Move over, Sheldon Cooper. It’s Cannan Huey-You’s turn at being kid genius.

In fact, he’ll be on TV, too, though not on the “Big Bang Theory.” He’ll be on “MythBusters Jr.” — on the Science Channel.

The 12-year-old Texas Christian University sophomore is double majoring in physics and astronomy/engineering with plans to be an astronaut. (Yes, he’s 12).

This summer, he joined “MythBusters Jr.” — a 10-episode series that gives six of the nation’s most talented kids a chance to show off their STEAM (Science, Technology, Engineering, Arts and Math) skills, alongside the show’s host, Adam Savage, who co-hosted the show, “MythBusters.”

“I’ve been watching ‘MythBusters’ since I was 4 years old, so just being a part of this is really exciting,” Cannan said in a statement, when asked why he decided to try out for the show.

“Meeting Adam Savage was also really cool, but quite weird, because you have to remember that you know about him, but he doesn’t know about you.”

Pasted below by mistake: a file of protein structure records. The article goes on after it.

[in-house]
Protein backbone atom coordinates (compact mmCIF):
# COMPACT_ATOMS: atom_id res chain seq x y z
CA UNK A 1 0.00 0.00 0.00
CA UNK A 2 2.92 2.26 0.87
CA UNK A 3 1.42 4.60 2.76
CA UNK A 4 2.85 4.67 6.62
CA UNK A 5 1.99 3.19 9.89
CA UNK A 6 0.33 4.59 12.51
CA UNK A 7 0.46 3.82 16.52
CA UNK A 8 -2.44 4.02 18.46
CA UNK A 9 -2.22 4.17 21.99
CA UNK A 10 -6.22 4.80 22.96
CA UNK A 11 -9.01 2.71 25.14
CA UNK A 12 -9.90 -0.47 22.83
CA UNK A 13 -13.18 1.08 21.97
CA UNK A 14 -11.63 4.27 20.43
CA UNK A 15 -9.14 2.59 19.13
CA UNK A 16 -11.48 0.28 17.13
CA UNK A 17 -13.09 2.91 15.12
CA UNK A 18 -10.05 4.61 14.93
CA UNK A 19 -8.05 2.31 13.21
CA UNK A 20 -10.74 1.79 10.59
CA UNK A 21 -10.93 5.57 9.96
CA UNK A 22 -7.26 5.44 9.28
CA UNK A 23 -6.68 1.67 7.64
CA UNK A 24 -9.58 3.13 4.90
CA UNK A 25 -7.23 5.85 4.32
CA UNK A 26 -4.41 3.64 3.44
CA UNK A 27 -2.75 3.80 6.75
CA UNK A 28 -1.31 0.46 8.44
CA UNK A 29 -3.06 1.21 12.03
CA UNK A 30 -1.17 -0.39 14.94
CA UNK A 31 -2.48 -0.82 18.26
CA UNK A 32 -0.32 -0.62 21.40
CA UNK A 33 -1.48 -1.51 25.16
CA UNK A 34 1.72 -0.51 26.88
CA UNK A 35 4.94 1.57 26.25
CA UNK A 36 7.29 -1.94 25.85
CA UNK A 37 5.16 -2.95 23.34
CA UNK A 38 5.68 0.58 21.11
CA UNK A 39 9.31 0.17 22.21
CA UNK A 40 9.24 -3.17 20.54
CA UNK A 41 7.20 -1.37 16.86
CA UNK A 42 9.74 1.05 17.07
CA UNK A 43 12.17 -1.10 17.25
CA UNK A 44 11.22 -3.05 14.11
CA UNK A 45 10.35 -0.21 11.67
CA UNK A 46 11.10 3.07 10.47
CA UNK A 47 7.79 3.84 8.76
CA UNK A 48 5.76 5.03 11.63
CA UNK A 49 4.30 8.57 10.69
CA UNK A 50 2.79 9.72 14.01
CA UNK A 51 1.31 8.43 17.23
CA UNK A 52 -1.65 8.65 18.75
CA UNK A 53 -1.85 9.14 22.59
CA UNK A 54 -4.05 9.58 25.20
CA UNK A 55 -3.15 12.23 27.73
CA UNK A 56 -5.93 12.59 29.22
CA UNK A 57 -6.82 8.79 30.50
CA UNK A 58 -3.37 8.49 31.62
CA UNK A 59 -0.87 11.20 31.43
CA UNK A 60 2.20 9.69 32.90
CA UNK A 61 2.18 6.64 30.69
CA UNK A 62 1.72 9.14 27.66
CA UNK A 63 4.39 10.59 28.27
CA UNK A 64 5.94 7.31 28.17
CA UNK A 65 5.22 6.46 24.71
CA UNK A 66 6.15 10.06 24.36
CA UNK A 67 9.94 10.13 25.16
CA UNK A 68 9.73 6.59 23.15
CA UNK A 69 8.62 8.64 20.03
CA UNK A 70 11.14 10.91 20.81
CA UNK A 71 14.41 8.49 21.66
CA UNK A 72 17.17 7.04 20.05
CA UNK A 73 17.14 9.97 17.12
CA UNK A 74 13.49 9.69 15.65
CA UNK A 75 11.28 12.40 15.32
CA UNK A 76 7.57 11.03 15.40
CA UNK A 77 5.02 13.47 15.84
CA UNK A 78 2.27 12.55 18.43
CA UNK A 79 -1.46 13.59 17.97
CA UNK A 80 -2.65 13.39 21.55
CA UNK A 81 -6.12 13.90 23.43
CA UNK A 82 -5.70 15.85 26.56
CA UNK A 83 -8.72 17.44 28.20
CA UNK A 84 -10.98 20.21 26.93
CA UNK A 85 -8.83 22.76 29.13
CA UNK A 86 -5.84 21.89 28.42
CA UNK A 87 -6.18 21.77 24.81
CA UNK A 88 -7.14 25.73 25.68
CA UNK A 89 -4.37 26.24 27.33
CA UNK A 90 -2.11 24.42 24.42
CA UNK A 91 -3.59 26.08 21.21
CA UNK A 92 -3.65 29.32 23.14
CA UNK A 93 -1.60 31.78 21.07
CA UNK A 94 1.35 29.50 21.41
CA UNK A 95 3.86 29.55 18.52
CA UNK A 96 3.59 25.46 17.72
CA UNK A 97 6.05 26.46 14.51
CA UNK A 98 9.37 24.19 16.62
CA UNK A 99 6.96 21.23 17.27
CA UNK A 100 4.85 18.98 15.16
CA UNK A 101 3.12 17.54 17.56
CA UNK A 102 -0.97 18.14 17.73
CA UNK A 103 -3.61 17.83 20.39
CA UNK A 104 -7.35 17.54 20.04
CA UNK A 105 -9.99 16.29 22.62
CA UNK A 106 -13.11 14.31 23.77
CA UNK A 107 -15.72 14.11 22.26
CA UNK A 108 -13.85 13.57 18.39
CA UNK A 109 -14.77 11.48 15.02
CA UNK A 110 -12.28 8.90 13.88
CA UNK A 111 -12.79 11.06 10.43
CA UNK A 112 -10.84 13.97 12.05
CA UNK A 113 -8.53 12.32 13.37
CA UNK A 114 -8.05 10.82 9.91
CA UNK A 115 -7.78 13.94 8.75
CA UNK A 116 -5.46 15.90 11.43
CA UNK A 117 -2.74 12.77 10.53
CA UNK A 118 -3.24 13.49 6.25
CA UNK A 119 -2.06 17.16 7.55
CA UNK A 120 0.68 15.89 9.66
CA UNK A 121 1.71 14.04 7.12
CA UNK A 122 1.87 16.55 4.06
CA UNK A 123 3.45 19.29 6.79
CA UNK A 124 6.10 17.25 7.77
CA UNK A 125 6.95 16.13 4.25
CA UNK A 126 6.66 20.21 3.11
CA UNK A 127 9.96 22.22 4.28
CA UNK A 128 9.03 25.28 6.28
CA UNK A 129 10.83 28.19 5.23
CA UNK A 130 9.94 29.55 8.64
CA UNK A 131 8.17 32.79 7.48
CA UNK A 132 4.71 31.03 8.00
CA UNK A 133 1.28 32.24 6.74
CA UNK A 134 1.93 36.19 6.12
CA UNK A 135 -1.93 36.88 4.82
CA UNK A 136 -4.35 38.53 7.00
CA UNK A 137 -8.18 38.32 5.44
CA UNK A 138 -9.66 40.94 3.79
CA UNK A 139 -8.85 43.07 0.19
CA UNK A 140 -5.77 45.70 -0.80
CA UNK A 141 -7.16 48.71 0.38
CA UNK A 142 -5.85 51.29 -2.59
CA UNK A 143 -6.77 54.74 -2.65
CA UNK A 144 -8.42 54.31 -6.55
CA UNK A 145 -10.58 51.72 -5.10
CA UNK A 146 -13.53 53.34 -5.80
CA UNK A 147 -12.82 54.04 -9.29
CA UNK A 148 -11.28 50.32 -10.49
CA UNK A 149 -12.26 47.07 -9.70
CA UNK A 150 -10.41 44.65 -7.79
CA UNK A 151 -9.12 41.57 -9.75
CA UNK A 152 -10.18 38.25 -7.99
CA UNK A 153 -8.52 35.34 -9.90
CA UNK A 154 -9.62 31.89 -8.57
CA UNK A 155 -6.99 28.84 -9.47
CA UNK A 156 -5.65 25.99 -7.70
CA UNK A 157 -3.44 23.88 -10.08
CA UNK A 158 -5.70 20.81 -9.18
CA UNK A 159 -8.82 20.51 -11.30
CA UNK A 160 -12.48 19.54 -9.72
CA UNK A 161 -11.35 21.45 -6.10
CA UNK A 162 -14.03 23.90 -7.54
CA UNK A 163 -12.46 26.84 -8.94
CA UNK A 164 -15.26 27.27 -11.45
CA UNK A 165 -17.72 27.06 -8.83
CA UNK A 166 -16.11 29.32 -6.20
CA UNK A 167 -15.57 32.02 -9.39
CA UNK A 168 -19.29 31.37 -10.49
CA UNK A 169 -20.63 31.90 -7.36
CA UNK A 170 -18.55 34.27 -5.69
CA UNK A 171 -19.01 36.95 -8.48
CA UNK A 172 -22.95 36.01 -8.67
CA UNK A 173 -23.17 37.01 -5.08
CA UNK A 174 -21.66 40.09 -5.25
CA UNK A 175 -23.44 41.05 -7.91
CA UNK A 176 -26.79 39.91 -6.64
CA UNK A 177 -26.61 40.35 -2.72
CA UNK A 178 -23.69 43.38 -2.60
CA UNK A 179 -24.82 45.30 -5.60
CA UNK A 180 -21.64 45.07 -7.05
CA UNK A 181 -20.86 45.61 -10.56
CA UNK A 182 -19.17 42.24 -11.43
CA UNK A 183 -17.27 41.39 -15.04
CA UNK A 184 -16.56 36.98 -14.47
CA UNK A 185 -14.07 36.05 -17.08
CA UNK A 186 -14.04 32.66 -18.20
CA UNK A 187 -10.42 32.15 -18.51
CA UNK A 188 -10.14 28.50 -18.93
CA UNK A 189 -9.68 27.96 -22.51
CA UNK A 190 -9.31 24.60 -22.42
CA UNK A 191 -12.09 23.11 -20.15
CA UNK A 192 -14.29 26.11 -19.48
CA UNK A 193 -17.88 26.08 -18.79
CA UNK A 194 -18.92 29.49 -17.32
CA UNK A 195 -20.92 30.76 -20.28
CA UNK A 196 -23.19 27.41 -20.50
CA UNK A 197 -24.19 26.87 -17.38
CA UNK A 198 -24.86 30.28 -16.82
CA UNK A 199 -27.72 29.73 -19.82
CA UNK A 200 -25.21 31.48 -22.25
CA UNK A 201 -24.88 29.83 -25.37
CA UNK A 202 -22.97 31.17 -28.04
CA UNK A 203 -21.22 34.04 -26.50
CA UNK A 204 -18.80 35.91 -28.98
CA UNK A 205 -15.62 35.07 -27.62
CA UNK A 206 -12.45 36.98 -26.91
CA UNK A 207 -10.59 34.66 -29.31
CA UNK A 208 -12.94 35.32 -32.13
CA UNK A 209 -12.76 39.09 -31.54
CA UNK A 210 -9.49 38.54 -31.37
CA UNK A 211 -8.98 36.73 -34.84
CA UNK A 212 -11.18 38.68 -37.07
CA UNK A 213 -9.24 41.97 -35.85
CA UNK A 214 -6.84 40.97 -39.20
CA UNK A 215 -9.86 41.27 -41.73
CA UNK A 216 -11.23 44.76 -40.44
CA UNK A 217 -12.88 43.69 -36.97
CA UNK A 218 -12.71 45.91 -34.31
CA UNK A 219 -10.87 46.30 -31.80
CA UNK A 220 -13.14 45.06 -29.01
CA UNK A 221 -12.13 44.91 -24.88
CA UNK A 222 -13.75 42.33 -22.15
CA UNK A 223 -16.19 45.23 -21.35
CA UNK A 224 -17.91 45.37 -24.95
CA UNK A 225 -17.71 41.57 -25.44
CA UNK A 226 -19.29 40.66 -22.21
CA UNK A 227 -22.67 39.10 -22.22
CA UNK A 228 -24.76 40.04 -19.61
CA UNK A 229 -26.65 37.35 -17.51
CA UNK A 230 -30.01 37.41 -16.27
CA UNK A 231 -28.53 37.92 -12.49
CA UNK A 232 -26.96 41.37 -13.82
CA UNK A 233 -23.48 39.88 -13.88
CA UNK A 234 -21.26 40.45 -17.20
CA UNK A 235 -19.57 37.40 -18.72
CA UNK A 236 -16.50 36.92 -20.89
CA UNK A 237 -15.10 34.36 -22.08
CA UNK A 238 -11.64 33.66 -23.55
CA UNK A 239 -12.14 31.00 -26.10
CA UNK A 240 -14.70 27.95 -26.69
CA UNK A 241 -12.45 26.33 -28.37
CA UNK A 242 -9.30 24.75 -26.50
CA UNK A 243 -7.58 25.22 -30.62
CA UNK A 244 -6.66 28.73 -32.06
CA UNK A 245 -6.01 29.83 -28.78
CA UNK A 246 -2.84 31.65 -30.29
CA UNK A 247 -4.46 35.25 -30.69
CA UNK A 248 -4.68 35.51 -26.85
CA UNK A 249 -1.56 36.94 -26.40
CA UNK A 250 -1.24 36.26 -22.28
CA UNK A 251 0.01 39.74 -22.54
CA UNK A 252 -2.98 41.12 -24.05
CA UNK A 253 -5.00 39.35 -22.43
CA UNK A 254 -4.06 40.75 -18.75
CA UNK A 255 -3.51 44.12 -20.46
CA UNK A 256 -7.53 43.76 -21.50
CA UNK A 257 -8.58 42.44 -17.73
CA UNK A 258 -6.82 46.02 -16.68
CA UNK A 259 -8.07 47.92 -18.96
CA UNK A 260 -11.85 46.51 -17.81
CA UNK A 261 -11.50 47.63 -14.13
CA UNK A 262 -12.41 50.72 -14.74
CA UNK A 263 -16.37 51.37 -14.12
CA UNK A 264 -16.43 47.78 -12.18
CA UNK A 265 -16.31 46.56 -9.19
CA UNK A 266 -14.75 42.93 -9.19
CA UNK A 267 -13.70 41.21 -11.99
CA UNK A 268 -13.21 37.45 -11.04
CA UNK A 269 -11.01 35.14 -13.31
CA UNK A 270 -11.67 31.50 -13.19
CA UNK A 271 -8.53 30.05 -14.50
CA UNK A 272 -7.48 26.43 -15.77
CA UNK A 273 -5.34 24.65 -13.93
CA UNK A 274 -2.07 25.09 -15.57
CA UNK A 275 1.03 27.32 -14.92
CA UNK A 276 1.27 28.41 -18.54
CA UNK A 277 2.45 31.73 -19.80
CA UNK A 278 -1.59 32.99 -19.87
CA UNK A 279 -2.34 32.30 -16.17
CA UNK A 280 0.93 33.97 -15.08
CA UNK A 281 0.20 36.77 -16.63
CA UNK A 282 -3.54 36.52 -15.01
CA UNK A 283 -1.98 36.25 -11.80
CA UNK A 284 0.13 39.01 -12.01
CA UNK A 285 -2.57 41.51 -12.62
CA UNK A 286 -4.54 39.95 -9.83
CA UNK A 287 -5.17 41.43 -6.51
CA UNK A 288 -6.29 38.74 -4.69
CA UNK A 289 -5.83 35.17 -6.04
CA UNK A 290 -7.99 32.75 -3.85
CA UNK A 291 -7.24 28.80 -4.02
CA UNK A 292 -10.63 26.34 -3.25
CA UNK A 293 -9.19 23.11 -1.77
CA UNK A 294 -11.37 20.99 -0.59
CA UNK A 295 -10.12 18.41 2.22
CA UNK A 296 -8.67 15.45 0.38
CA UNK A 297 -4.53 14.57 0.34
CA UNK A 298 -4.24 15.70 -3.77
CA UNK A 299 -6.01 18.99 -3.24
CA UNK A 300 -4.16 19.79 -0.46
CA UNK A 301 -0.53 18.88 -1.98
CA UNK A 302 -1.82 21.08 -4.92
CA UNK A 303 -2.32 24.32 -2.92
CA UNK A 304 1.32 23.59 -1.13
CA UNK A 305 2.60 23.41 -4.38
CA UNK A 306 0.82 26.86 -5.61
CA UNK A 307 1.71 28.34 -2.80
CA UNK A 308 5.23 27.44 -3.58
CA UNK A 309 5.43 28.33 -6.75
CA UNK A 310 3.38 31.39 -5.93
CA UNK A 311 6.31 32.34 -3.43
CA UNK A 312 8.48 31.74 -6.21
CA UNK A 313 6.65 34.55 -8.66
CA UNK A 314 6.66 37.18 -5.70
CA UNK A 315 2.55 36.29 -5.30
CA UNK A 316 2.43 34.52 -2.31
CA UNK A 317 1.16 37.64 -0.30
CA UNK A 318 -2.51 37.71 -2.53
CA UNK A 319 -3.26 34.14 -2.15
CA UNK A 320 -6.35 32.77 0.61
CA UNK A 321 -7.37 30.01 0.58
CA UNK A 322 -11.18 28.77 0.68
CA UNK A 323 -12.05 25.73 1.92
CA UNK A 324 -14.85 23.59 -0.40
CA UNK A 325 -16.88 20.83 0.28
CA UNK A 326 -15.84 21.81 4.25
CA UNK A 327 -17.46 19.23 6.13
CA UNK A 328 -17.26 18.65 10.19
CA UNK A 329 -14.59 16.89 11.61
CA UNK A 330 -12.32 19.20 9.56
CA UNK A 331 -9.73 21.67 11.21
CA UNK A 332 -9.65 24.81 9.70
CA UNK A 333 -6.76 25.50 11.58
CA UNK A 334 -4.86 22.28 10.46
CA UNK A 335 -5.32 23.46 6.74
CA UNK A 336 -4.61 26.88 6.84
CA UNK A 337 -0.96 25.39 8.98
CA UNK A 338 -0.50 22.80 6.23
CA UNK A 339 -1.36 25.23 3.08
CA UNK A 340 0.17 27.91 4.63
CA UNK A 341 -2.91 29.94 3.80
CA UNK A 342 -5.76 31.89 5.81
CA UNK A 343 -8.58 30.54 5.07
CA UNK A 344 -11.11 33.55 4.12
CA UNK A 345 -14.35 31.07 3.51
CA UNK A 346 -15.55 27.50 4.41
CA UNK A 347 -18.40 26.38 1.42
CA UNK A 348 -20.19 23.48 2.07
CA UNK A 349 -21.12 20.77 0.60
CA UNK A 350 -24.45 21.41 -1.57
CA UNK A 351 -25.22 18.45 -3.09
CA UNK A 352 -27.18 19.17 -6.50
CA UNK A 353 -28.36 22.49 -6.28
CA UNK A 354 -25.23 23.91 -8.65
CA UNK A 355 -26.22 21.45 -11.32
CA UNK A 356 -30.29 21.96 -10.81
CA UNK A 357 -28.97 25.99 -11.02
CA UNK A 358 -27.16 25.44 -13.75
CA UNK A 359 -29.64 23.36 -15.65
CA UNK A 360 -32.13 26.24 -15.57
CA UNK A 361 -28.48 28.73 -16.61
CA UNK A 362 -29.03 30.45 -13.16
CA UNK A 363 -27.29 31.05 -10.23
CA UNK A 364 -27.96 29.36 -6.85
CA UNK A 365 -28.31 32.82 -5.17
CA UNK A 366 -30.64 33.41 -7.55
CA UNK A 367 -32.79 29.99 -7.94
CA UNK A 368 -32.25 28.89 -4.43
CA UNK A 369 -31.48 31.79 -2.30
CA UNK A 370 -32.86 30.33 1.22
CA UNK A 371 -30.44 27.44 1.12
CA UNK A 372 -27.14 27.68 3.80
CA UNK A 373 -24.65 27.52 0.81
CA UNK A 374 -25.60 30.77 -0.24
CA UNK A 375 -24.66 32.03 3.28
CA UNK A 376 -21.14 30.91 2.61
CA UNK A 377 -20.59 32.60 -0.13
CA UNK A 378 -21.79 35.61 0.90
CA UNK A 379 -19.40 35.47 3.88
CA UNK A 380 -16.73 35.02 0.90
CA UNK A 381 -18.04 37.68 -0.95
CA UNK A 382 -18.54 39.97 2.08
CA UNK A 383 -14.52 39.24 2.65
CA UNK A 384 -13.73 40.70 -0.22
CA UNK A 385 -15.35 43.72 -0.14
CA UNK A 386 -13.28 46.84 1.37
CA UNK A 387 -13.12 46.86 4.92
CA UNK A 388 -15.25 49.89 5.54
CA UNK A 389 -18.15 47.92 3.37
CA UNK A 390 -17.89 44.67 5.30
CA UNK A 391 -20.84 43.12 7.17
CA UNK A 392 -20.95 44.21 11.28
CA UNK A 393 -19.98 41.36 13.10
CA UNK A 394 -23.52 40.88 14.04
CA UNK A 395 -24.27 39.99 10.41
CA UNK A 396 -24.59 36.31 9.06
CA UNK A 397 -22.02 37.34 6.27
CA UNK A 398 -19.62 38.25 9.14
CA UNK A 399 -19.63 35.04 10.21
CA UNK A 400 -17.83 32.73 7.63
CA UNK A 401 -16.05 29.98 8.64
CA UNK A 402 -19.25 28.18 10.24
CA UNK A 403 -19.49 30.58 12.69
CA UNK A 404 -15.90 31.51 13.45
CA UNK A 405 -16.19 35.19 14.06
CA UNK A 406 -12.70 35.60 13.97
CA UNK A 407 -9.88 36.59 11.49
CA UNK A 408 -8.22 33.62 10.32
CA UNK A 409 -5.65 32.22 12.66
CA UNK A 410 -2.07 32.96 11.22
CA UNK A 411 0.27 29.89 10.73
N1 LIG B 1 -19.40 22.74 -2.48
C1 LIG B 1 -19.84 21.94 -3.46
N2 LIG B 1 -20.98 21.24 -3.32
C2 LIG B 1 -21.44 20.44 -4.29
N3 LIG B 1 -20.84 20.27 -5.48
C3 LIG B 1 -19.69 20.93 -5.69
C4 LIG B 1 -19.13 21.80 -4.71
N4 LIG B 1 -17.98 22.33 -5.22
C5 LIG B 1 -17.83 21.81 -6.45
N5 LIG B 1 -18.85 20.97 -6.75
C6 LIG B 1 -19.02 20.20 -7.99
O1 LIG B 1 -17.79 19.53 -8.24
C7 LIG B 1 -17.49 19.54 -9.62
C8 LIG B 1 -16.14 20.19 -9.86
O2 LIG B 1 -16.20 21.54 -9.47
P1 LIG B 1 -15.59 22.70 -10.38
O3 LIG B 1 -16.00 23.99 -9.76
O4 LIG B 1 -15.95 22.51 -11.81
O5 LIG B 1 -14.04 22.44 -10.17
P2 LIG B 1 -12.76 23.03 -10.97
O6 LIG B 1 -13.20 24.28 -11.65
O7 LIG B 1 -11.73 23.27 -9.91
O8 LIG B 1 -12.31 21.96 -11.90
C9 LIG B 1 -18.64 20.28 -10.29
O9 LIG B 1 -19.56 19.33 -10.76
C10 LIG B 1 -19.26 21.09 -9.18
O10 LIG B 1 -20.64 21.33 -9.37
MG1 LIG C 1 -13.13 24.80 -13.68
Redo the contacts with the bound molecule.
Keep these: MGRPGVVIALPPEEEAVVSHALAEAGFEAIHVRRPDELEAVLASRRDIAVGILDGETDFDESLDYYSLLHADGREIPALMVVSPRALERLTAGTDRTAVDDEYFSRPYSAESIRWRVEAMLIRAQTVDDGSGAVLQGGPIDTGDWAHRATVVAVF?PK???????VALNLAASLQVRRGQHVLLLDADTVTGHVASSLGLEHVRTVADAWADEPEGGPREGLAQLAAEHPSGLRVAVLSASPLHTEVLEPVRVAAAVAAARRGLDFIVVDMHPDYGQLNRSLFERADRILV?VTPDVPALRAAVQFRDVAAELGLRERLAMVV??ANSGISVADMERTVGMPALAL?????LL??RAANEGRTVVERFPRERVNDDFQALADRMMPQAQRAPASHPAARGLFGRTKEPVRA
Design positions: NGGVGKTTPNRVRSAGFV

Cannan is no stranger to making headlines. He has been in the spotlight, both as a young college student attending TCU, and for being the younger brother of another TCU science prodigy, Carson, a 15-year-old graduate student doing research in quantum theory; Carson is working as an unpaid intern on the show.

C. Magnus L. Rittby, senior associate dean for administration and graduate programs at TCU’s College of Science and Engineering, said the opportunity to try out for the show emerged last summer as the brothers were making news.

Rittby, who is Cannan’s mentor and academic adviser, said being part of this show is a great opportunity.

“Each day is an adventure, with new myths and exciting things to do,” Rittby said, adding that it is similar to being at a science camp except there is a camera rolling all the time.

Cannan told the Star-Telegram in a direct message that he wanted to have “more experience in building stuff, because most of my experience has been academic.”

He added: “I also thought that, generally, ‘Myth’-busting would be very fun, seeing how it’s just big science projects in each episode.”

Cannan said that, before “MythBusters Jr.,” he had never used power tools, and his experience with building was limited to Legos. Being on the show, which is filmed north of San Francisco, has taught Cannan to be more comfortable in front of a camera.

“I’ve learned to use all kinds of new skills,” he wrote, “which I think will be really helpful in my future as an engineer, scientist or astronaut!”